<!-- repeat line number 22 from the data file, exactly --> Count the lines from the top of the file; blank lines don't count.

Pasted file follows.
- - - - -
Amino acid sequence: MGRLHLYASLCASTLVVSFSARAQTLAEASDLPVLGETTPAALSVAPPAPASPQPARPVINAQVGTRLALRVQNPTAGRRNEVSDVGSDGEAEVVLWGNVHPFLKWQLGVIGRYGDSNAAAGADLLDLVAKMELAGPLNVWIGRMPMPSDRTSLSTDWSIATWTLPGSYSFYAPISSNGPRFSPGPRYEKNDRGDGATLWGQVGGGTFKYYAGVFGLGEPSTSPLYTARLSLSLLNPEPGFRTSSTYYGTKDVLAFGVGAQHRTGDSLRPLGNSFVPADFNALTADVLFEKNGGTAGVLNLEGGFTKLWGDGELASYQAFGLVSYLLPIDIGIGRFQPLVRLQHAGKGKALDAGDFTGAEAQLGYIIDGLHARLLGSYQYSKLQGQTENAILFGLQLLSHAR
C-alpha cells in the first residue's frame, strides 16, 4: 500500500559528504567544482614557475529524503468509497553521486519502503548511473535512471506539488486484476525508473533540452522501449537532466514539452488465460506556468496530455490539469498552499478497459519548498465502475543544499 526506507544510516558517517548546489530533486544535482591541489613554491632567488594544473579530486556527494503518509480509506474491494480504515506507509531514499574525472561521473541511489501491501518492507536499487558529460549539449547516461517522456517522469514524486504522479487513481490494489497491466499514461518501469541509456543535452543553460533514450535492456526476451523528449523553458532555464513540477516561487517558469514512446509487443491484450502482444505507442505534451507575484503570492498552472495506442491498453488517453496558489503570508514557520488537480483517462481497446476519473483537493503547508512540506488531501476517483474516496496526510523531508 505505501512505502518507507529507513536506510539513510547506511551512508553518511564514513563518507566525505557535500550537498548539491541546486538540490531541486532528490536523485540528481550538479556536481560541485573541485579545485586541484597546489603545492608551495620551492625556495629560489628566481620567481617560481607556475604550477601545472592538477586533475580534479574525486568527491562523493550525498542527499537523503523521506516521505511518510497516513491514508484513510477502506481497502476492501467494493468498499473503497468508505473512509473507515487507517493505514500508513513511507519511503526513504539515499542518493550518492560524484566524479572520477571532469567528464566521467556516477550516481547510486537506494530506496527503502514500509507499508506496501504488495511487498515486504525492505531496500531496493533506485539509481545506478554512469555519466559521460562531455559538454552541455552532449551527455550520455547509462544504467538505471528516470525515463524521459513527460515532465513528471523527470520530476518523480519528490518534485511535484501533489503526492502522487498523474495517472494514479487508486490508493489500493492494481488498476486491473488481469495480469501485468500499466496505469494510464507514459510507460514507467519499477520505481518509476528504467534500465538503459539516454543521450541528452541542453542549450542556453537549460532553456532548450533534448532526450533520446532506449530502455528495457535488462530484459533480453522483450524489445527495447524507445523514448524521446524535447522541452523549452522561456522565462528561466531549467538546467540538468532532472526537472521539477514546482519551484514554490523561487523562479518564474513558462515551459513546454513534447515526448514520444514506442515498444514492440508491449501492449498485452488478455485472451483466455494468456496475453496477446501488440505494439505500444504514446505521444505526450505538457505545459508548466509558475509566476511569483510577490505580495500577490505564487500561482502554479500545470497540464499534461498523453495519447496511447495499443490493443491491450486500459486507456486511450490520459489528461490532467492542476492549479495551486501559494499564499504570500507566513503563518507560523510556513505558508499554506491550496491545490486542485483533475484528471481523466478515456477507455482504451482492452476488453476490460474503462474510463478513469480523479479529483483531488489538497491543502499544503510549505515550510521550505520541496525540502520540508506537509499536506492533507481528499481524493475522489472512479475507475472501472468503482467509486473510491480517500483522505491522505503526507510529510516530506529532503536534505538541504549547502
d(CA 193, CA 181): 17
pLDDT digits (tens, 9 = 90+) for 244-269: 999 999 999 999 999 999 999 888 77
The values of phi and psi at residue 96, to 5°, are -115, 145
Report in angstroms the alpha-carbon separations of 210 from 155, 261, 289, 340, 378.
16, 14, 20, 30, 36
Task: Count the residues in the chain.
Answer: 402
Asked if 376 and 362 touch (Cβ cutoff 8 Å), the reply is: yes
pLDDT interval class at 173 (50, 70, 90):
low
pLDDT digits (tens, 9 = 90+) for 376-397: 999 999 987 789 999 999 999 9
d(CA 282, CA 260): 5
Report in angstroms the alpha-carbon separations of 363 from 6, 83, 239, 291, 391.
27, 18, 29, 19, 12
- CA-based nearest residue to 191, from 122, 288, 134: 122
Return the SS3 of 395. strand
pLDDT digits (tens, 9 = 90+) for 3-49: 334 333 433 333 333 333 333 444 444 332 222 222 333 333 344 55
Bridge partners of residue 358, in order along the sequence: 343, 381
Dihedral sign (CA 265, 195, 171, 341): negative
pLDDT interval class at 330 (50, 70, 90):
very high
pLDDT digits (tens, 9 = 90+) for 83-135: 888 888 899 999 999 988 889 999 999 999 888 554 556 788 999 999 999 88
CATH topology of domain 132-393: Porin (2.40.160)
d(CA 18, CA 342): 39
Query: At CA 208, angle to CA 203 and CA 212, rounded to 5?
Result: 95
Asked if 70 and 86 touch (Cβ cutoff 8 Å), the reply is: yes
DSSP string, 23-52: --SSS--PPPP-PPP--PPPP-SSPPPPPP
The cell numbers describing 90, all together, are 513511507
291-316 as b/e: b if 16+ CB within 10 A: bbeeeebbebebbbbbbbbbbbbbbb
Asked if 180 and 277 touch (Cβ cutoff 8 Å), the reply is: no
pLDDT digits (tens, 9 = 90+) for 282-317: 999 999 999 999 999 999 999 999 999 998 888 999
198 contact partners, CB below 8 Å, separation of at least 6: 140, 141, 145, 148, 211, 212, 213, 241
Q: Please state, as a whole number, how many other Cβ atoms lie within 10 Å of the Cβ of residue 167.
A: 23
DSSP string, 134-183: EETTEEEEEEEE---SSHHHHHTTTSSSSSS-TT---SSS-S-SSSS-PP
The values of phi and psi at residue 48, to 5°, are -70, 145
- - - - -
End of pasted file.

pLDDT interval class at 330 (50, 70, 90):